Salford Youth Alliance are looking forward to working with Rio Ferdinand Foundation together with 42nd Street, Odd Arts and Reform Radio on an exciting new project Worth My Wellbeing starting 3rd June 2020.
“Worth My Wellbeing is an exciting cross sector partnership programme designed with young people from Salford to support their emotional health and wellbeing at key transitions in their lives. Through a programme of youth-led activities young people will develop skills to support themselves and each other and promote greater awareness around mental health. WMW will build a legacy of community-based Worth My Wellbeing Ambassadors representing the voice of young people to help shape future service delivery across Salford and ensure young people can access timely support at the earliest point in the mental health pathway.
Salford has seen a huge increase in demand for young people seeking counselling resulting in significant waiting lists and a growing number of young people left needing emotional support. Health professionals are seeing an increase in the number of young people presenting at A&E with self-harm and suicide related issues rooted within increasingly complex contributory societal factors. 85% of young people presenting to Adult Mental Health Services are accessing support for the first time. Despite the growing pressures young people told us there is limited support available to them to help look after their emotional health and wellbeing at key times in their lives. The coronavirus pandemic has had a huge impact on the emotional health and wellbeing of young people everywhere and not least in more disadvantaged communities and those facing key transitions in their lives.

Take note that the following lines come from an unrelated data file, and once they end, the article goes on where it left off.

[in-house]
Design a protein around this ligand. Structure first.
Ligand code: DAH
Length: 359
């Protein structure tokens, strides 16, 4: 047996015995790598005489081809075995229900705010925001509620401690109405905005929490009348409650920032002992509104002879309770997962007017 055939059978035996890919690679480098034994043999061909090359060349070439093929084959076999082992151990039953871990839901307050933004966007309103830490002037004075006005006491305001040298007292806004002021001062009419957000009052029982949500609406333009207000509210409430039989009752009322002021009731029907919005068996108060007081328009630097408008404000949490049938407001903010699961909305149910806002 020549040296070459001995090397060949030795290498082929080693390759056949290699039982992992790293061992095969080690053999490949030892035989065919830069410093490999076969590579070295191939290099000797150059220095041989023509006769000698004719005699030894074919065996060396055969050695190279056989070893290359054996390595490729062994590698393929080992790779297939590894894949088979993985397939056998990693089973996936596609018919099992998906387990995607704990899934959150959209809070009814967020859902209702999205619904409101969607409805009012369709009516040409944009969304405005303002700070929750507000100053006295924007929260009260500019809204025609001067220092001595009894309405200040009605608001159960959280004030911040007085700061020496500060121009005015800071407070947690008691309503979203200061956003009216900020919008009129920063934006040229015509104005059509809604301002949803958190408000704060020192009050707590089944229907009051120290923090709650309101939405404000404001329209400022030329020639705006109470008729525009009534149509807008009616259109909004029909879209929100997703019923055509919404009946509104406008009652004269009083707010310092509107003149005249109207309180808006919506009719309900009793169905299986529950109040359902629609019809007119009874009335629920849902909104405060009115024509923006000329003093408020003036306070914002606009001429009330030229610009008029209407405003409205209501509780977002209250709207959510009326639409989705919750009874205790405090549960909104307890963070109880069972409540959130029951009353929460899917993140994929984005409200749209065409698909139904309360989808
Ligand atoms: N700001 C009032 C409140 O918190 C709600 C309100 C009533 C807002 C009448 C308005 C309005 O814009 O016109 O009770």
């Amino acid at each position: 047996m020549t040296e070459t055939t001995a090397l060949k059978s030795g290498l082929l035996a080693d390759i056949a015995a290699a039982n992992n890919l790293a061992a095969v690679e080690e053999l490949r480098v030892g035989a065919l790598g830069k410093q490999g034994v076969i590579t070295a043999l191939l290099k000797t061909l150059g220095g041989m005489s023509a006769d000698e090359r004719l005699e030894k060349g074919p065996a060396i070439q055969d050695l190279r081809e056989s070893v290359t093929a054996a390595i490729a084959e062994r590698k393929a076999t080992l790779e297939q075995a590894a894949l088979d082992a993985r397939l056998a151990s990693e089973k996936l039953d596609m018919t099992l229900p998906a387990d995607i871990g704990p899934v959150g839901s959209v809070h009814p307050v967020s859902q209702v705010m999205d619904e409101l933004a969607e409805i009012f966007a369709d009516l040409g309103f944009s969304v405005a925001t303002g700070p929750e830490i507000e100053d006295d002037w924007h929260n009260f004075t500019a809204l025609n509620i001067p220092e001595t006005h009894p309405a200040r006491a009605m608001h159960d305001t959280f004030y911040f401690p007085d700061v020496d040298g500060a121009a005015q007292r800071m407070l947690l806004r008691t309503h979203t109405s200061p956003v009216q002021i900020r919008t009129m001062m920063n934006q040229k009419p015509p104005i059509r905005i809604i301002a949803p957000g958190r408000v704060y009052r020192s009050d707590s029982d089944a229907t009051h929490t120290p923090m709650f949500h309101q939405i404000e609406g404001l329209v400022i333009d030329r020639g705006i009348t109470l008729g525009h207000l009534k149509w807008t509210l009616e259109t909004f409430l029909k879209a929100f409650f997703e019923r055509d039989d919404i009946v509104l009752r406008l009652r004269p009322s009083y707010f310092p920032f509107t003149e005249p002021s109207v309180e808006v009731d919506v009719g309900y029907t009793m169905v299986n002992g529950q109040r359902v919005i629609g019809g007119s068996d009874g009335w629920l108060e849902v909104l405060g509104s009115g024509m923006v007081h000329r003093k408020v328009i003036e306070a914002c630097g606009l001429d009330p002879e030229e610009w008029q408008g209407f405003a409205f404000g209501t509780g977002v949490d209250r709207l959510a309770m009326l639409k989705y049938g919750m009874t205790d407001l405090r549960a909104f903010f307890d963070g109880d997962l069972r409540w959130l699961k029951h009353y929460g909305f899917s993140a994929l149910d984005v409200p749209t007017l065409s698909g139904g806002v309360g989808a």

The Partnership led by Rio Ferdinand Foundation brings together Odd Arts, Salford Youth Alliance, Reform Radio and 42nd Street. Each brings significant experience of working with young people whose life experience has negatively impacted on their emotional health and wellbeing for a variety of reasons.
The partnership creates a strong and varied suite of interventions using sports, creative arts and media as conduits to address emotional health and wellbeing. Salford City Council will provide mental health first aid training and co-commissioning opportunities to our WMW Ambassadors.
Working collaboratively with over 45 young people we have consulted a wide range of stakeholders including Salford Mental Health Forum, BAME Mental Health Champions, Fight for Change Council (looked after children), and integrated services teams. We have also taken feedback from over 1700 young people transitioning from primary to second school and from all of this input we have developed a flexible programme using a four-stage cycle of change.”